I'm making a scheme macro system
Sounds cool, you should post it some time if it's ever ready.
>ncurses but not shit
Understandable. Pretend I called it a terminal manipulation library instead. It's got nice things like double buffered treat-it-like-a-bitmap-image-basically drawing, proper text edition and a widget library.
The incremental game has lost my interest in favour of this. My main effort is going into figuring out how to make a reactive TUI without feedback loops (e.g. editable text field widgets, and widgets wrapping other widgets that can tell each other what dimensions to be).
Know absolutely nothing about programming but want to learn etcetera...
Used computers all my life but know nothing about the codes inside them. I keep coming up with ideas for computer programs which are based on a few simple tasks or calculations which I think a computer could do but I have no idea how to implement them. I think I should get to the level of making a simple card game or something. Then work my way up to making scripts, something that could open up opera browser, search through a site for certain links, open them up and search for pieces of text and put them into a spreadsheet. That would be useful for my stock market research.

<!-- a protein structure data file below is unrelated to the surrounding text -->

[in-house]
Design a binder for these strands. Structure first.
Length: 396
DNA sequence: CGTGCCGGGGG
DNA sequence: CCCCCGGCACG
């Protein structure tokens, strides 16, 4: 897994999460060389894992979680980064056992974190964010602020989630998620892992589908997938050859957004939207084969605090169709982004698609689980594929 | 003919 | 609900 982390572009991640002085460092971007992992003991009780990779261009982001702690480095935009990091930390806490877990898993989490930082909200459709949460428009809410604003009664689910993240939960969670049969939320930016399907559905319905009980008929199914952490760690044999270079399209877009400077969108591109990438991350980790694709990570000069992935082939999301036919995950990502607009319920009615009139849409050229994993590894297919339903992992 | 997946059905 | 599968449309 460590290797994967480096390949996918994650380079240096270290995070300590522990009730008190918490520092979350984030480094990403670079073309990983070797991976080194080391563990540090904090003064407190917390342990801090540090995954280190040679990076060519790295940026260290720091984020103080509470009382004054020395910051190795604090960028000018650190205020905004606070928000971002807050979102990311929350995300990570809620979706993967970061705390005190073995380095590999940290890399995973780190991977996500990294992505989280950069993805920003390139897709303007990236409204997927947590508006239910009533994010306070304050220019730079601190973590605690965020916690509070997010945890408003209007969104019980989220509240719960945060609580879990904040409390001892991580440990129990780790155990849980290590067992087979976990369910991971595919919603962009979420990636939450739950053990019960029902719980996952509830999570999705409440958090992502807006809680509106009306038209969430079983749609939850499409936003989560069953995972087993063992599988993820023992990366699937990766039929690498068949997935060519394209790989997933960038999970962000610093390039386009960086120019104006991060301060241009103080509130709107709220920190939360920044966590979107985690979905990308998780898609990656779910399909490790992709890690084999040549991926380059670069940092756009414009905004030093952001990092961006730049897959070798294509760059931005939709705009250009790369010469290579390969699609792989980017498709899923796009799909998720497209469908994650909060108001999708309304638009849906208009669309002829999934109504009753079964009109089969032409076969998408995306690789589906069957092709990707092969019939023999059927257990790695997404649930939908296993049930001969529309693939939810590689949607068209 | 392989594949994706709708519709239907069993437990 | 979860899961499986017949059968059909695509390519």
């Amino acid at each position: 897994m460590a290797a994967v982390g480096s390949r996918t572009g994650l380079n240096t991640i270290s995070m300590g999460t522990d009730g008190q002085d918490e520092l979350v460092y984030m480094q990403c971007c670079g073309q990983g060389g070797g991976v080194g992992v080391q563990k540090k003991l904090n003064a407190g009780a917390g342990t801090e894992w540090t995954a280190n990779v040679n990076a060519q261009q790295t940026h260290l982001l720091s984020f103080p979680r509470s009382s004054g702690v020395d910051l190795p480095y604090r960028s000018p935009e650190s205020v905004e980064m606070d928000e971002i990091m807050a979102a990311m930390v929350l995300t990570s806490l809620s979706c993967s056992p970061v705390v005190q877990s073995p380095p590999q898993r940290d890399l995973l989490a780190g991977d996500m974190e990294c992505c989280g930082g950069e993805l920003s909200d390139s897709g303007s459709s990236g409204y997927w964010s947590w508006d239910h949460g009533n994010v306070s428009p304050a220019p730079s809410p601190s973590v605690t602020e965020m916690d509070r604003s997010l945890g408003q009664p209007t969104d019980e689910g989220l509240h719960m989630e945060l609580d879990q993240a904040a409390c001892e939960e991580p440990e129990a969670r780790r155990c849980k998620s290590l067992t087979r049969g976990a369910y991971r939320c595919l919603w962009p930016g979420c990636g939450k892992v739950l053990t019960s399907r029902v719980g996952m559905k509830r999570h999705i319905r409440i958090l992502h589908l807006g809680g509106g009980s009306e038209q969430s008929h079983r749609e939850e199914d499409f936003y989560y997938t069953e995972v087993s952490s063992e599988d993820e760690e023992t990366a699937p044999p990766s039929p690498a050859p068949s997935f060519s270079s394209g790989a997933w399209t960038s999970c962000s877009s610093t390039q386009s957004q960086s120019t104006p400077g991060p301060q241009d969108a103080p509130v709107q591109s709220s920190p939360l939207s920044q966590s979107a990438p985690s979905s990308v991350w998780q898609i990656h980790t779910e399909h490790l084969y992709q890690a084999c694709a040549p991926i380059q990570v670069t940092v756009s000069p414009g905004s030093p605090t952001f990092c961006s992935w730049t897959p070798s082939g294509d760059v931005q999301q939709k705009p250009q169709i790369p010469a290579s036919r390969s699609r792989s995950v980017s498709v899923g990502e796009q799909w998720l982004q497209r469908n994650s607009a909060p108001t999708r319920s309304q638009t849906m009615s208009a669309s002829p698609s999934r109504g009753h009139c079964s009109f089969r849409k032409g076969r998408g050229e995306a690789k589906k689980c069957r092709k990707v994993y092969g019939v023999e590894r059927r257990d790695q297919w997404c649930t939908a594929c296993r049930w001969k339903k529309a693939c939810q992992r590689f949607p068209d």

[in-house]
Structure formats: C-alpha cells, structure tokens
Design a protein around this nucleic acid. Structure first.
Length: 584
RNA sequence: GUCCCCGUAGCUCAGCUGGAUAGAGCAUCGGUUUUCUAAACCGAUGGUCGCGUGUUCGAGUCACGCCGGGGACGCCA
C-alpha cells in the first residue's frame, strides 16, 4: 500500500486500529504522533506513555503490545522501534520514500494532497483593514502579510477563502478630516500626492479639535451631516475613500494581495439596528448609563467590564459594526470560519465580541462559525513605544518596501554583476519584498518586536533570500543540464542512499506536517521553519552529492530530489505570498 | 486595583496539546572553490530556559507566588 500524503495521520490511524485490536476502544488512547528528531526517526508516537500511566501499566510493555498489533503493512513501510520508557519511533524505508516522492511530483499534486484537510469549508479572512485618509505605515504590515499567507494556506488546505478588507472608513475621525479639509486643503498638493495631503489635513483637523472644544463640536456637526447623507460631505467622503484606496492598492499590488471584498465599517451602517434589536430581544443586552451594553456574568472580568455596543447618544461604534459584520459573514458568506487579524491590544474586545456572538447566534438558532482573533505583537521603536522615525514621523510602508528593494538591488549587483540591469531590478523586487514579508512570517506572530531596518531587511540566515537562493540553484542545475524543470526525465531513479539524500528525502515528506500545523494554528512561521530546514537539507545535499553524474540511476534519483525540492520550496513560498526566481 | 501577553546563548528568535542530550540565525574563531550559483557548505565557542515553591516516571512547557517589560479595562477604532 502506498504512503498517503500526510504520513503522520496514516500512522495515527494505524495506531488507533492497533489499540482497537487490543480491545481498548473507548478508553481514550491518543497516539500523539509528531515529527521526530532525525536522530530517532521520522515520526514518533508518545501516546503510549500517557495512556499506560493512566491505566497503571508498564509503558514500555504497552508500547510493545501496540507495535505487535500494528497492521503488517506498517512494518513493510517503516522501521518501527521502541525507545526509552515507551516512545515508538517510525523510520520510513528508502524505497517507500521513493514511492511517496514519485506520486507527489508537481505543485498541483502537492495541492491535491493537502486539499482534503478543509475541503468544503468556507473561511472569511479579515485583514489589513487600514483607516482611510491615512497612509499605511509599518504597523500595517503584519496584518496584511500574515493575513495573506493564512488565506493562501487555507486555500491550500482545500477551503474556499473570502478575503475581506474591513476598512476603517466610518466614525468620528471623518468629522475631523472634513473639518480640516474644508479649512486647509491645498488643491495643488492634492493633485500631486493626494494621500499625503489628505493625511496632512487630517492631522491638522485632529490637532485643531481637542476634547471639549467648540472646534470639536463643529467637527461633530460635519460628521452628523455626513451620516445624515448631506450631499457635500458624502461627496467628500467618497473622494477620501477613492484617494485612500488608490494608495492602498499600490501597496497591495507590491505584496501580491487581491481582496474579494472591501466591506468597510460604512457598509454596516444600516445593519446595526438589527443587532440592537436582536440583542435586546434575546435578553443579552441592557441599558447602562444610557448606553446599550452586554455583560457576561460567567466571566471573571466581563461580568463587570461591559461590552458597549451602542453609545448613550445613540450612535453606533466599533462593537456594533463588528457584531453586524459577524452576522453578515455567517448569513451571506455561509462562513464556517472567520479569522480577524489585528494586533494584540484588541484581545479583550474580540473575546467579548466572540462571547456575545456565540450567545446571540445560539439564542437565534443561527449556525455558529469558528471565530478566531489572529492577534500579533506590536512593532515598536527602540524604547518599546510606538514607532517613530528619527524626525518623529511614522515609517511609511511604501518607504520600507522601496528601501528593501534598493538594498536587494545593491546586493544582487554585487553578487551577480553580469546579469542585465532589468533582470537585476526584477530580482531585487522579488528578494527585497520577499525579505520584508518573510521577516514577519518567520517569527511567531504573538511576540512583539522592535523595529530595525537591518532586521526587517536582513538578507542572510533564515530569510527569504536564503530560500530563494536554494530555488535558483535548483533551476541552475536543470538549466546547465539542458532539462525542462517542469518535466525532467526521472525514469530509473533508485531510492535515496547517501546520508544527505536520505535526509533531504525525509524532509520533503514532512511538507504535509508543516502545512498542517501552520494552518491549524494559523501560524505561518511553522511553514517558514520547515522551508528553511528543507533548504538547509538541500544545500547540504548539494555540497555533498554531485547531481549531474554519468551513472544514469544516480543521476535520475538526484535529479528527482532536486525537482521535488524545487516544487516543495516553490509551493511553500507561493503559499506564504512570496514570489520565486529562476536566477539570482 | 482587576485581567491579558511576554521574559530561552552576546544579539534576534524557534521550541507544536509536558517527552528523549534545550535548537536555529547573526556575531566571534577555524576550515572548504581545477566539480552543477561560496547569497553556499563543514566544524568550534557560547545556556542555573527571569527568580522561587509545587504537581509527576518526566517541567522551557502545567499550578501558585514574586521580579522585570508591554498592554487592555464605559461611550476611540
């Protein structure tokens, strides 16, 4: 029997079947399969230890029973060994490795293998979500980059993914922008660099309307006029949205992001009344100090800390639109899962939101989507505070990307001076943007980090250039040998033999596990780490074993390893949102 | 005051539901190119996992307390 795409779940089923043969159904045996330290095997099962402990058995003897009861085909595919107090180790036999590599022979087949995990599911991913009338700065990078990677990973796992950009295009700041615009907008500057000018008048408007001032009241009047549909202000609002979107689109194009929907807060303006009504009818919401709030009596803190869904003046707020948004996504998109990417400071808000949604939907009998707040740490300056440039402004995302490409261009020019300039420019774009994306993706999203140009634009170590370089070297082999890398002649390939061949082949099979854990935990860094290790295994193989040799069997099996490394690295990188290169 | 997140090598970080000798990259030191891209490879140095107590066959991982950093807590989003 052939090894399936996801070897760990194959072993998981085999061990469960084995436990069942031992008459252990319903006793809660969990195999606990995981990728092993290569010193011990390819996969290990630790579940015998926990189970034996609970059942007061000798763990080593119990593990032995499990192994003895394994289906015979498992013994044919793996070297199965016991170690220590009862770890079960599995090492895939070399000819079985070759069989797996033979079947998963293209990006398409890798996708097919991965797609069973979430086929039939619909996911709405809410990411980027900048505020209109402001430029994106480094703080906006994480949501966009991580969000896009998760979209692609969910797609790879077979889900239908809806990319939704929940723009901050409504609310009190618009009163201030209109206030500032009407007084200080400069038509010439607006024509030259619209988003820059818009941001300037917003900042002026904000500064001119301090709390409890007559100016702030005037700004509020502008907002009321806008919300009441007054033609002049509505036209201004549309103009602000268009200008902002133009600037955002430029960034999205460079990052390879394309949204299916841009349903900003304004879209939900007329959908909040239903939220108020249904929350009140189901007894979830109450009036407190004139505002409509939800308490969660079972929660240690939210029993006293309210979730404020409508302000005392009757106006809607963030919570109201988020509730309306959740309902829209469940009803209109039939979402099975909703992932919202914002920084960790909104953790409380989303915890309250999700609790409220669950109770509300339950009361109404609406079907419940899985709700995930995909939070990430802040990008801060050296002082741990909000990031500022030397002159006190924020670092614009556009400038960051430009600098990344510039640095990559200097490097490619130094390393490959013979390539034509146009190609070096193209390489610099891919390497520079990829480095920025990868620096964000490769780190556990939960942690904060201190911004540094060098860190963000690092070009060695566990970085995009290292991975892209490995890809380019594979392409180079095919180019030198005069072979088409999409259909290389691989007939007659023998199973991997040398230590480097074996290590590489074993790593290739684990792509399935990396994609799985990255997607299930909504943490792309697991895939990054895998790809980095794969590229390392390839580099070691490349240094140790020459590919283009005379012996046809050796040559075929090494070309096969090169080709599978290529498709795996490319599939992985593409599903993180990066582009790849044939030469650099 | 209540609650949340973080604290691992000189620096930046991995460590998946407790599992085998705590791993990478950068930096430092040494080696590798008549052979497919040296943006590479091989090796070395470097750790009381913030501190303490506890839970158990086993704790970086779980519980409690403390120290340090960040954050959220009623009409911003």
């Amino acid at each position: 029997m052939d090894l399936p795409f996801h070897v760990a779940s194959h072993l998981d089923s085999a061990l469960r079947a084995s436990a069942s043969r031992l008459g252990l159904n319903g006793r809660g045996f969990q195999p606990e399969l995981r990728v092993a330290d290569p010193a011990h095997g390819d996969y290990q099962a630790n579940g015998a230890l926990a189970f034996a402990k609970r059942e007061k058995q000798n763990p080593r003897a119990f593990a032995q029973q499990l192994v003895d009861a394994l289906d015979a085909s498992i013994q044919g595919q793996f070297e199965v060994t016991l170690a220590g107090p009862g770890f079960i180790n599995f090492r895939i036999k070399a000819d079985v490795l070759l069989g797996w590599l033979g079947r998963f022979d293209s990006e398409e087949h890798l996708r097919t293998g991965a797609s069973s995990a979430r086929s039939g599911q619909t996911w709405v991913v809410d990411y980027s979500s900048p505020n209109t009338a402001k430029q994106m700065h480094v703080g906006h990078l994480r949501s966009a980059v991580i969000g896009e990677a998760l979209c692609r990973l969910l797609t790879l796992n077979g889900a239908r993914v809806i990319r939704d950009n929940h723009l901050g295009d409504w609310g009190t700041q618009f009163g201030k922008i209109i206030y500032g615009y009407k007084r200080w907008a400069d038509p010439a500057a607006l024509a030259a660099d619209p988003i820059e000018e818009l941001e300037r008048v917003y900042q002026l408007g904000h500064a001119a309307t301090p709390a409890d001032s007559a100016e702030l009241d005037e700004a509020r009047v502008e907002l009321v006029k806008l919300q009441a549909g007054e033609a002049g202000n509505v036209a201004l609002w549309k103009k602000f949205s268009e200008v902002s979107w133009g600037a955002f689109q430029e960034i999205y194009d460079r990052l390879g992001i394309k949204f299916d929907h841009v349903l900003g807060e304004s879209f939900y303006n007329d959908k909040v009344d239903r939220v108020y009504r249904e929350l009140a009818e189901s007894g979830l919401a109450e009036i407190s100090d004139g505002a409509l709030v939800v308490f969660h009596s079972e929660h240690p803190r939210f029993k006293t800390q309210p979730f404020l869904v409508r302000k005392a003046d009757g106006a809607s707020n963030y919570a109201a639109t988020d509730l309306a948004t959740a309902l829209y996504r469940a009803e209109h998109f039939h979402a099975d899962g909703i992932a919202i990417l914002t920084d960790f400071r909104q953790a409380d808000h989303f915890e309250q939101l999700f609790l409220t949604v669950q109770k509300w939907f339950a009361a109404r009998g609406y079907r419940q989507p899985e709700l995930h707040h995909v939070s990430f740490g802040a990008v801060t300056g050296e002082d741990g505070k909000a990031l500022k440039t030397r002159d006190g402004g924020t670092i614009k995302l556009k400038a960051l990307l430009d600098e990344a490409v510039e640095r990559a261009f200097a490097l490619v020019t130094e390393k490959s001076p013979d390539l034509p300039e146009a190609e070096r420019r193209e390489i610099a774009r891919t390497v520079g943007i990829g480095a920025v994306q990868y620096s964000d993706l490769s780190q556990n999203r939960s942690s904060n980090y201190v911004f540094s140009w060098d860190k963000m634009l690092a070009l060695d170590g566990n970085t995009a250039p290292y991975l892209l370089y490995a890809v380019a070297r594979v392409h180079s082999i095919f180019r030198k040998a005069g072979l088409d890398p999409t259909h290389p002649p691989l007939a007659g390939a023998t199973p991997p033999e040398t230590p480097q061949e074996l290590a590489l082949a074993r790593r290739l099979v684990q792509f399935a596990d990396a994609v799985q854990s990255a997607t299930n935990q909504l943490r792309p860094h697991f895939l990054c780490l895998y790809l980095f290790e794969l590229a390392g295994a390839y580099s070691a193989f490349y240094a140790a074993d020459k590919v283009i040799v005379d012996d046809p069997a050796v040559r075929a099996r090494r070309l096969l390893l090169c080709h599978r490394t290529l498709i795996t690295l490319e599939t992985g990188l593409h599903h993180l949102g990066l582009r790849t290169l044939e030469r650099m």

For now though I am a complete pleb and don't even know what software I need or how to take the first step. Here are some links I found that I will look at.
>Maybe it could teach me to use "precision magnets to manipulate the individual bits in your RAM and write programs in raw machine code."
umm I don't think that was completely srs
I'd recommend "How to Design Programs", and if you'd like and have the time, you can supplement with "Structure and Interpretation of Computer Programs" lectures.
>Also I have heard from many sources that programming is more about constructing programs and less about memorizing code, this raises my confidence a little, assuming I am imagining what coding is like correctly.